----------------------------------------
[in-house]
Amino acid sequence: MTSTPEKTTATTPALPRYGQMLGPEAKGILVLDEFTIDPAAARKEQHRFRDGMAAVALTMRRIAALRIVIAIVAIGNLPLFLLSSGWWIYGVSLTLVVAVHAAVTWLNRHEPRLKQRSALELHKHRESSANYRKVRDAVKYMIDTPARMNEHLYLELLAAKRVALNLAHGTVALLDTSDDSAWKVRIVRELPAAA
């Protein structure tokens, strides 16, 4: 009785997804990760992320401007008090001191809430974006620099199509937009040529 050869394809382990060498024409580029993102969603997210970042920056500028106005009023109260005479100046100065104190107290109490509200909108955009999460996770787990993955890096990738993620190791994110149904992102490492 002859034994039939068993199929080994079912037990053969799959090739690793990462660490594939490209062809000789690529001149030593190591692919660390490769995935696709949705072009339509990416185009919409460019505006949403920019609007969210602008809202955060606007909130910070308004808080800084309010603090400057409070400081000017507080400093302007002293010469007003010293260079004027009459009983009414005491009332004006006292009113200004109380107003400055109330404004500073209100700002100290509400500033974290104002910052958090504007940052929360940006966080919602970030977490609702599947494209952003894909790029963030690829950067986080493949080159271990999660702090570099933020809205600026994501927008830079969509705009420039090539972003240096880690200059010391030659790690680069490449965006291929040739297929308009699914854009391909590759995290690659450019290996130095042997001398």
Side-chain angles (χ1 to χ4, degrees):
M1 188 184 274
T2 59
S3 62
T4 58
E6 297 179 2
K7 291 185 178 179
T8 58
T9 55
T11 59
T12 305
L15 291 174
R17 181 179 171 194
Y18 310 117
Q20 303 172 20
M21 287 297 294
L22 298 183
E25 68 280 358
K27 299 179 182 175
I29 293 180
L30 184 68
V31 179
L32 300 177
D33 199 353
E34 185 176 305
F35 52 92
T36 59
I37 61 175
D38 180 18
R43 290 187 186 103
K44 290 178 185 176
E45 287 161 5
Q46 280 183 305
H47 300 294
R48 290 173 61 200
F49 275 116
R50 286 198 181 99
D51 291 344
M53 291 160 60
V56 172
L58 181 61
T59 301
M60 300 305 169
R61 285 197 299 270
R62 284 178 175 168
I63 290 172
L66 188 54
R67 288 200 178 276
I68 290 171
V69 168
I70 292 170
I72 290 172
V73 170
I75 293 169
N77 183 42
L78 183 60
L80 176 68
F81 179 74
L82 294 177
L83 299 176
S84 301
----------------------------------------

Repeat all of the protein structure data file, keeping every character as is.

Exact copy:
[in-house]
Amino acid sequence: MTSTPEKTTATTPALPRYGQMLGPEAKGILVLDEFTIDPAAARKEQHRFRDGMAAVALTMRRIAALRIVIAIVAIGNLPLFLLSSGWWIYGVSLTLVVAVHAAVTWLNRHEPRLKQRSALELHKHRESSANYRKVRDAVKYMIDTPARMNEHLYLELLAAKRVALNLAHGTVALLDTSDDSAWKVRIVRELPAAA
């Protein structure tokens, strides 16, 4: 009785997804990760992320401007008090001191809430974006620099199509937009040529 050869394809382990060498024409580029993102969603997210970042920056500028106005009023109260005479100046100065104190107290109490509200909108955009999460996770787990993955890096990738993620190791994110149904992102490492 002859034994039939068993199929080994079912037990053969799959090739690793990462660490594939490209062809000789690529001149030593190591692919660390490769995935696709949705072009339509990416185009919409460019505006949403920019609007969210602008809202955060606007909130910070308004808080800084309010603090400057409070400081000017507080400093302007002293010469007003010293260079004027009459009983009414005491009332004006006292009113200004109380107003400055109330404004500073209100700002100290509400500033974290104002910052958090504007940052929360940006966080919602970030977490609702599947494209952003894909790029963030690829950067986080493949080159271990999660702090570099933020809205600026994501927008830079969509705009420039090539972003240096880690200059010391030659790690680069490449965006291929040739297929308009699914854009391909590759995290690659450019290996130095042997001398």
Side-chain angles (χ1 to χ4, degrees):
M1 188 184 274
T2 59
S3 62
T4 58
E6 297 179 2
K7 291 185 178 179
T8 58
T9 55
T11 59
T12 305
L15 291 174
R17 181 179 171 194
Y18 310 117
Q20 303 172 20
M21 287 297 294
L22 298 183
E25 68 280 358
K27 299 179 182 175
I29 293 180
L30 184 68
V31 179
L32 300 177
D33 199 353
E34 185 176 305
F35 52 92
T36 59
I37 61 175
D38 180 18
R43 290 187 186 103
K44 290 178 185 176
E45 287 161 5
Q46 280 183 305
H47 300 294
R48 290 173 61 200
F49 275 116
R50 286 198 181 99
D51 291 344
M53 291 160 60
V56 172
L58 181 61
T59 301
M60 300 305 169
R61 285 197 299 270
R62 284 178 175 168
I63 290 172
L66 188 54
R67 288 200 178 276
I68 290 171
V69 168
I70 292 170
I72 290 172
V73 170
I75 293 169
N77 183 42
L78 183 60
L80 176 68
F81 179 74
L82 294 177
L83 299 176
S84 301